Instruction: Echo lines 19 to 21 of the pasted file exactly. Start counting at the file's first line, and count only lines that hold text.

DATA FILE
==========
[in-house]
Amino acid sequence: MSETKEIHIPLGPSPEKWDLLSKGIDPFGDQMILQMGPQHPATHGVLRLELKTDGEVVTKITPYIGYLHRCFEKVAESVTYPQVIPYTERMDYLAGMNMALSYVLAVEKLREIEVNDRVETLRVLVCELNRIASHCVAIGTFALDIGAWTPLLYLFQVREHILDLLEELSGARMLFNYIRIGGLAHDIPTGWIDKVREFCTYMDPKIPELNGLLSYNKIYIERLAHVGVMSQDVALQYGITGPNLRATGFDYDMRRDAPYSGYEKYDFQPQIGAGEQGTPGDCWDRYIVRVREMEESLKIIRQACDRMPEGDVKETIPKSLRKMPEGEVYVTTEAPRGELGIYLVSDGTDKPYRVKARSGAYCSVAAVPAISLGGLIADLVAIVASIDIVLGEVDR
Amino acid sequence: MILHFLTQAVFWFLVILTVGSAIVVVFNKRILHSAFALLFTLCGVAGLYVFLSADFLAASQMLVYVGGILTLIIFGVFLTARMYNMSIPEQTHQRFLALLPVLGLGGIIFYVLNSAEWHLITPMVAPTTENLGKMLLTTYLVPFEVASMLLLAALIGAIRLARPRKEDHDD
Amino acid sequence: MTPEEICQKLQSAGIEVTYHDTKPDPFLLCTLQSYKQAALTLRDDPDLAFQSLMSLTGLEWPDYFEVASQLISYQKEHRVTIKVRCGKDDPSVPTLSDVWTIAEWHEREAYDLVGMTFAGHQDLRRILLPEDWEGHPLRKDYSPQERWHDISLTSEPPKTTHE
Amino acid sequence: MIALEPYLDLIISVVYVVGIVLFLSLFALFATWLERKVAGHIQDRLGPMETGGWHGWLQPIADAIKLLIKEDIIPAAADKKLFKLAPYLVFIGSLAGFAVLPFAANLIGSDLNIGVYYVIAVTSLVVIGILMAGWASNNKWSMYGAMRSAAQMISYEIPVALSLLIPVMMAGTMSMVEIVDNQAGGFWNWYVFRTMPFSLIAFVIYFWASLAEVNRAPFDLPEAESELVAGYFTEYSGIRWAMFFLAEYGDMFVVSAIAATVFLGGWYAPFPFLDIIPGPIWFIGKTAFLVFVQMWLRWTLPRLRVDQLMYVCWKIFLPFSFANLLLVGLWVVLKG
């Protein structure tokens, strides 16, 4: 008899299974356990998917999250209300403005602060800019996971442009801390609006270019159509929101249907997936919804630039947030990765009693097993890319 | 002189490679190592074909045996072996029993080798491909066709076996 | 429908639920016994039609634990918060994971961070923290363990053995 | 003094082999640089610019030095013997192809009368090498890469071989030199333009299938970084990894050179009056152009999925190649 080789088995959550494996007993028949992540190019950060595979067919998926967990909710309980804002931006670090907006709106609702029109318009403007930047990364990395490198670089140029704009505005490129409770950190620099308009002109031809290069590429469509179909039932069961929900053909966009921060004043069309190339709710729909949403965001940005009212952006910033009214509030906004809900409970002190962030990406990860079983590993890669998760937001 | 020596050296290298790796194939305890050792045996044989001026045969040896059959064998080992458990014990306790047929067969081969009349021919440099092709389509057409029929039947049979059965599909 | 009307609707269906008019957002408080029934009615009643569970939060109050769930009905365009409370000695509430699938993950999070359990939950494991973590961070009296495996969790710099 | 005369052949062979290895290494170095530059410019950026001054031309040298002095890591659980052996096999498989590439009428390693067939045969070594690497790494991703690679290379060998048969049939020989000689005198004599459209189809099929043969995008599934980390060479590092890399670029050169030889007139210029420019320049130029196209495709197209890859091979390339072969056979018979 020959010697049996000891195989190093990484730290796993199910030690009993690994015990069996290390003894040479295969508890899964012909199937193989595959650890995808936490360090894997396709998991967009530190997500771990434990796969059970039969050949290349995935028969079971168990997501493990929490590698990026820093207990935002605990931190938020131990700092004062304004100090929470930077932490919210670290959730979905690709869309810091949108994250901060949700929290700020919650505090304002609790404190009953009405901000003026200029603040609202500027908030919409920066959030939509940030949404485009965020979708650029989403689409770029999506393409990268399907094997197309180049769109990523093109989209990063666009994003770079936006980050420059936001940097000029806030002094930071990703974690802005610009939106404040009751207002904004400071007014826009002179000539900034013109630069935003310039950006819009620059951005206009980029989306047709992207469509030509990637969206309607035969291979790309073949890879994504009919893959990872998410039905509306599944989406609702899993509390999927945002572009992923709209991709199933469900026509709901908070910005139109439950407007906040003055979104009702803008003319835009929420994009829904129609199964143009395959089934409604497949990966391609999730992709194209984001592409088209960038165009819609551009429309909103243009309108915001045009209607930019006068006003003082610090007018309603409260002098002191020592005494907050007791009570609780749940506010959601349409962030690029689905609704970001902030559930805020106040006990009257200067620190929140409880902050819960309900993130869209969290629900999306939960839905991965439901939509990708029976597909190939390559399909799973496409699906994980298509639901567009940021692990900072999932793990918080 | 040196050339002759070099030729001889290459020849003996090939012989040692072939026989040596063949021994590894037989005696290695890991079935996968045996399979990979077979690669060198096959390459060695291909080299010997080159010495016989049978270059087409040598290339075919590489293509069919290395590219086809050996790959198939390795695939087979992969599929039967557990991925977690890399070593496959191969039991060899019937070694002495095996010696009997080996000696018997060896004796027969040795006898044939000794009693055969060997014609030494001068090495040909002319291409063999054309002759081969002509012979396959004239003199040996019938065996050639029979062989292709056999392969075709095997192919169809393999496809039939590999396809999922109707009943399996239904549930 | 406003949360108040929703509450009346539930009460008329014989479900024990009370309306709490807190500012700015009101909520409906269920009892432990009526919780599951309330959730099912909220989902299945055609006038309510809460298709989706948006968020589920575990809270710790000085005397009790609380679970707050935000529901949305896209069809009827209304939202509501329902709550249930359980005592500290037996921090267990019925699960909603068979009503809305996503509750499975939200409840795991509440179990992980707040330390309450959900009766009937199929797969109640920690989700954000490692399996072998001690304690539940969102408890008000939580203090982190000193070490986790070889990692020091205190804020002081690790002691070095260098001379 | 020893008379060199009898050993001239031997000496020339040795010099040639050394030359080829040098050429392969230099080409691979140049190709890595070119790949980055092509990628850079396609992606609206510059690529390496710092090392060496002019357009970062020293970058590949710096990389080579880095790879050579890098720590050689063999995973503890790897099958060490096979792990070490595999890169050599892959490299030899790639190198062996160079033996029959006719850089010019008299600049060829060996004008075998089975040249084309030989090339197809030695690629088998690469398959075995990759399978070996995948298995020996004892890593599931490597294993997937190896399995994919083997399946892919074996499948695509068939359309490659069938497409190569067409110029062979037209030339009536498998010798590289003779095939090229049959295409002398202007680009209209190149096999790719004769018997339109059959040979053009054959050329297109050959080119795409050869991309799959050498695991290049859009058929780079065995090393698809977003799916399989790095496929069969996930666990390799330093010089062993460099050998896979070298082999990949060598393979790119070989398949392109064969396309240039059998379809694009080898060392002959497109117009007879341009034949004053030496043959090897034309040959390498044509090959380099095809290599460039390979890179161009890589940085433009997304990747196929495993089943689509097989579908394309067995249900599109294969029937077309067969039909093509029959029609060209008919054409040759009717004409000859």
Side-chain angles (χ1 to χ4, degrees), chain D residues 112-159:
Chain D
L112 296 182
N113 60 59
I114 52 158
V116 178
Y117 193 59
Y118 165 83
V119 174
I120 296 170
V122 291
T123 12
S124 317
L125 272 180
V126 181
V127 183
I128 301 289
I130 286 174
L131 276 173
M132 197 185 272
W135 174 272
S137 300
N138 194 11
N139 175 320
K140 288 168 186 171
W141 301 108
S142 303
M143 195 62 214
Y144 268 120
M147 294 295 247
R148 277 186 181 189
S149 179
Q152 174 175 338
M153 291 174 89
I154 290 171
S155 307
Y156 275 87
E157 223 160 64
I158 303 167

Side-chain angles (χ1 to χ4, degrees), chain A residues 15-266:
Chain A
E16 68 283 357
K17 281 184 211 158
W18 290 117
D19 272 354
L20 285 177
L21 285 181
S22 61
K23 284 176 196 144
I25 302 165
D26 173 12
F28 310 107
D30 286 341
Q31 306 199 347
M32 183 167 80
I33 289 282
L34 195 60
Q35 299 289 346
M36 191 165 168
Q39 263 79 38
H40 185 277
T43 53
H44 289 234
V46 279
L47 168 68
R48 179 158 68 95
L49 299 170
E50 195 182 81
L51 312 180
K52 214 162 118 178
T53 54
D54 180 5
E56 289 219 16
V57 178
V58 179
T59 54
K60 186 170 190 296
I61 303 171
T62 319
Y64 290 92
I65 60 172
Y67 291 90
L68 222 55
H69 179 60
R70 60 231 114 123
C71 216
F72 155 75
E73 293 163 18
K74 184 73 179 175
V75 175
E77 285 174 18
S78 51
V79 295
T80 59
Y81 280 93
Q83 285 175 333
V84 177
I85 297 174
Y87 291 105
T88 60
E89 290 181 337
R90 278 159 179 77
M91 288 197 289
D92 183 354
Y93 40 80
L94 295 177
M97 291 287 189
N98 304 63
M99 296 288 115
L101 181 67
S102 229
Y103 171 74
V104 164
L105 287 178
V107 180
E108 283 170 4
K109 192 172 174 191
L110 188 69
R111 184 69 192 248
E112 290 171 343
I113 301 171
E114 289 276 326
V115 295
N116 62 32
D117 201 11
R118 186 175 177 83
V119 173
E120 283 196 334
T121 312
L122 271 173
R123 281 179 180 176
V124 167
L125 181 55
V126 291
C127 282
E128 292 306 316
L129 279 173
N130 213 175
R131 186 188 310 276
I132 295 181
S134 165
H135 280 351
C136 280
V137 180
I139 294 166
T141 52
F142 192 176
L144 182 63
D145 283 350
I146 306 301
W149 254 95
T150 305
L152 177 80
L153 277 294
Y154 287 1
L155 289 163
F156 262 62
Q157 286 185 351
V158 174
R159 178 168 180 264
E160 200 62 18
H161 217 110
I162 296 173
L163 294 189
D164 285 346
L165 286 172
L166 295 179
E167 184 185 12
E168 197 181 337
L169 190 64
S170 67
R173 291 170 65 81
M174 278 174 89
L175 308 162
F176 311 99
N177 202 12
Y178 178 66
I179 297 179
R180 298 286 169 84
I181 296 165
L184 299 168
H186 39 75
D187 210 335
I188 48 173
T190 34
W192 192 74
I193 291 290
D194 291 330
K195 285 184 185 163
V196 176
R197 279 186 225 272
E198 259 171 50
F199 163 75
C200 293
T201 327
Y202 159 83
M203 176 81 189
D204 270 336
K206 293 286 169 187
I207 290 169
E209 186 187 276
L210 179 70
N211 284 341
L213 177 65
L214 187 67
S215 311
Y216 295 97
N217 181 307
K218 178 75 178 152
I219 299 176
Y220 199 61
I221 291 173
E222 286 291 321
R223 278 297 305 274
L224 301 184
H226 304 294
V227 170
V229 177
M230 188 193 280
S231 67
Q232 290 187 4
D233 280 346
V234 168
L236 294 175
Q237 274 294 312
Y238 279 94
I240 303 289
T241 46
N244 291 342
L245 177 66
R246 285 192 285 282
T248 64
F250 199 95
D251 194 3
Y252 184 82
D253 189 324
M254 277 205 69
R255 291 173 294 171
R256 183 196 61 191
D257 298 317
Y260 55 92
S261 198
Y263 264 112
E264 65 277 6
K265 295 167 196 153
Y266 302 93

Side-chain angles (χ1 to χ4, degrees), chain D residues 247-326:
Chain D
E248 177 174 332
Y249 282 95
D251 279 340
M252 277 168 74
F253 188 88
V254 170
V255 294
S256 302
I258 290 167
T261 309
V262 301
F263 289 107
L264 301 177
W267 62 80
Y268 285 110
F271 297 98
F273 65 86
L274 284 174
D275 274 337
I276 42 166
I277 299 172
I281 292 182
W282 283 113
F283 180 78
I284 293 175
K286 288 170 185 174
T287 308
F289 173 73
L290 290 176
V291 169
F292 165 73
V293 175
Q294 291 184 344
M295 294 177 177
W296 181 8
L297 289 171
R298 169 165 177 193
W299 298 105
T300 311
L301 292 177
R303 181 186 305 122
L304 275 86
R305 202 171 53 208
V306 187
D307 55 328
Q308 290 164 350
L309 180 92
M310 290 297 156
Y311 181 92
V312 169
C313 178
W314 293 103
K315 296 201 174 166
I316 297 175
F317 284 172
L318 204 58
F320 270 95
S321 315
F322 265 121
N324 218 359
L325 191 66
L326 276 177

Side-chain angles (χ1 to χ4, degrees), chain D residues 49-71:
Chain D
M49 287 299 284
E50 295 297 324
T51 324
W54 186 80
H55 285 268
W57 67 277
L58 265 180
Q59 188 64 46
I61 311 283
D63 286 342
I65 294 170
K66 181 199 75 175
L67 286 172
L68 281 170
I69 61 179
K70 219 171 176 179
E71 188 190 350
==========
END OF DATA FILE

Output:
S124 317
L125 272 180
V126 181